Thursday, 15 October 2015

Esmeralda: Collages and Colour Compositions

To get a sense of how the whole of the city is composed, the quick collages, made up of the houses and buildings from my buildings exercise, are really useful in getting around to my master shot, understanding the dimensions around the city. I tried out a few different design elements, settling with a few motifs if I liked their importance to the city. For Esmeralda, I wanted to show how the directions of the water is changed and how the citizens live and rely on it. Because of the many different travel routes and pathways, I wanted the city to be maze-like and mysterious in it's connection to the constant changing water, as well as a chaotic city life, whist still retaining a sense of calm. 

I tended to use my buildings sparingly after a got more sense what the city looked like, as I wanted more of the waterways making up the city. It hard not to make the whole thing look over-loaded, so I added walls just to separate parts and place settings in a higher tier. I also tried to think about perspective and the composition of symmetry and what parts of the image to focus on, after learning about the rule of thirds and how to compose an image.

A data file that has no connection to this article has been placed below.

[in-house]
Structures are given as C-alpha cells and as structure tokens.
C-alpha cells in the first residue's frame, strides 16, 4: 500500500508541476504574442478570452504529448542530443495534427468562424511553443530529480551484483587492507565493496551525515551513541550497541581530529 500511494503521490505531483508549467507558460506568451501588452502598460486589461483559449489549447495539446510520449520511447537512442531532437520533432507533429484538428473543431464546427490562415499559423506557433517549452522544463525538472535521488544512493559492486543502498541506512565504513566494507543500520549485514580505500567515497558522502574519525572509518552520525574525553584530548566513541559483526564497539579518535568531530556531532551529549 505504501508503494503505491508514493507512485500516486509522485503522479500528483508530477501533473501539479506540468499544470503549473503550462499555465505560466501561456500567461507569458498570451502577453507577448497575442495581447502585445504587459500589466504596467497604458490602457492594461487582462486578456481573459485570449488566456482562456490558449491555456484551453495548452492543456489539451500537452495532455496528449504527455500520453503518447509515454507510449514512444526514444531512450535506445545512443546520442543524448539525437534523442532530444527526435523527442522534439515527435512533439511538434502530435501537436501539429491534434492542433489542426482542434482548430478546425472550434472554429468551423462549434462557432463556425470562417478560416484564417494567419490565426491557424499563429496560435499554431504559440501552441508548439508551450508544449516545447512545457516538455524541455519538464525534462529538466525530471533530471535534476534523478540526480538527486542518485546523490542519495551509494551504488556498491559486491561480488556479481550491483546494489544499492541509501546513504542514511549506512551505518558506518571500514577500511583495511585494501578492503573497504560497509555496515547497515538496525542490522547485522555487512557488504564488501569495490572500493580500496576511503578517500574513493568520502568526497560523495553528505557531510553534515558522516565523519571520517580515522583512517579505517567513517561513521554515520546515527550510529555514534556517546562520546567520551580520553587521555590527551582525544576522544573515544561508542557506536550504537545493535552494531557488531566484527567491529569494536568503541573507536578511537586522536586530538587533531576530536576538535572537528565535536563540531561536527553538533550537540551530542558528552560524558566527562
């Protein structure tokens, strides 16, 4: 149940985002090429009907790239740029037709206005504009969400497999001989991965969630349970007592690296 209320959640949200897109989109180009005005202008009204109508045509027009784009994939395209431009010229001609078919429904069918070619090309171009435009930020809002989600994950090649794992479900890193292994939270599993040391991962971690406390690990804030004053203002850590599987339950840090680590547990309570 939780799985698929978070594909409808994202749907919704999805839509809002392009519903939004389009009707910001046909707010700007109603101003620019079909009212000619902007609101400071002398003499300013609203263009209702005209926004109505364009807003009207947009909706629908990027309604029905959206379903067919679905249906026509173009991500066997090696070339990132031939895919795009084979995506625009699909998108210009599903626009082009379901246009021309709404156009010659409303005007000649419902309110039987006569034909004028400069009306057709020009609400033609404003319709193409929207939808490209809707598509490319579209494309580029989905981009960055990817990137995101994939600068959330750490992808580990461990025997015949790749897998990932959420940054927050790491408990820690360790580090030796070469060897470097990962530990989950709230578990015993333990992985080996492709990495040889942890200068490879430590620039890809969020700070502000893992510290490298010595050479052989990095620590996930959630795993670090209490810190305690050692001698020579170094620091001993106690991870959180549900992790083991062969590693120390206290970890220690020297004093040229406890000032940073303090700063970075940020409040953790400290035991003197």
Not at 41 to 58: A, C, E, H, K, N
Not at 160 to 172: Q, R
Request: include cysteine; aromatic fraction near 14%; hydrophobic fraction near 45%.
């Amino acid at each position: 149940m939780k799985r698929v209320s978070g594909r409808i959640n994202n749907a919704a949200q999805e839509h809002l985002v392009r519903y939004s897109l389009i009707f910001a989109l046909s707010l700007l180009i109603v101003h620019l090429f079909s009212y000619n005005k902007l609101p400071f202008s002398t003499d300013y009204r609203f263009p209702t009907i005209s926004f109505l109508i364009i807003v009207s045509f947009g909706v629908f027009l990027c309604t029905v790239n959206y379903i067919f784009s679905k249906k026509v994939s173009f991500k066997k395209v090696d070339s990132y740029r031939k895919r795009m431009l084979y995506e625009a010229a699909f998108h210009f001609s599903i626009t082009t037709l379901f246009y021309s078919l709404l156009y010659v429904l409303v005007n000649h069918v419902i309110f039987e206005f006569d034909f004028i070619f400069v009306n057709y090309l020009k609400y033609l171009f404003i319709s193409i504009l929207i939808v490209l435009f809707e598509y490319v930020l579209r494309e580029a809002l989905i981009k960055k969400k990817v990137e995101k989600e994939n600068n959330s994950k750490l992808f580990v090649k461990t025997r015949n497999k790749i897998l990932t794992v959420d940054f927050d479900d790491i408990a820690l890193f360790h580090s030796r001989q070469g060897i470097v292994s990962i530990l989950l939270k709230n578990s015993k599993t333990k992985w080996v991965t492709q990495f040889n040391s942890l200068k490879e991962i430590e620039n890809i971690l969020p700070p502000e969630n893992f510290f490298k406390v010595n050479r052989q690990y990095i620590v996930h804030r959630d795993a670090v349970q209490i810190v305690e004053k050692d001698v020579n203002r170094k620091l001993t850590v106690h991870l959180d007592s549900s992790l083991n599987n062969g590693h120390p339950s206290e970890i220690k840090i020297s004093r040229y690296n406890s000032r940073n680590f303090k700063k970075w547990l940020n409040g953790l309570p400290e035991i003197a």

Another thing that was important in the composition is the colour, as it can effect the mood and the way the audience views the city. I wanted the city to be atmospheric and have constant shadow, but impressive and not too grim. I found that having just lighter blue and dark contrast was too flat, so I tried a few more colours to add more light and warmth as it looked too cold. What seemed to work was to give it a bright colour and a glow, but with some shadow and a touch more of the purple red colour. The grey shading on the buildings is less appealing. 

1 comment:

  1. Hi Zoe,

    These are some stunning thumbnails. They do a great job of conveying the complex network of channels throughout the city. I'm particularly fond of your portrait format experiments. The verticality feels as though it directs the viewer down from the top of the image to the bottom, much like cascading water. The asymmetrical composition of elements also gives some dynamism to your scenes.

    As for your use of colour, obviously blue is going to be a fairly dominant colour throughout, however you'll need to be careful not to over use blues and sea greens. Otherwise you run the risk of making the city appear as though it's underwater (the gradient of light to dark in the sky of some of your thumbnails also makes it appear a bit Atlantean) However, if this is your intention, go for it!

    Try experimenting with some more contrasting colours to alleviate this a bit. If you look at Venice, for example. The buildings above the water sport a fairly stark, light colour colour scheme that compliments the water below. The challenge is going to lie in finding a colour scheme that compliments the use of water and still conveys your intended atmosphere.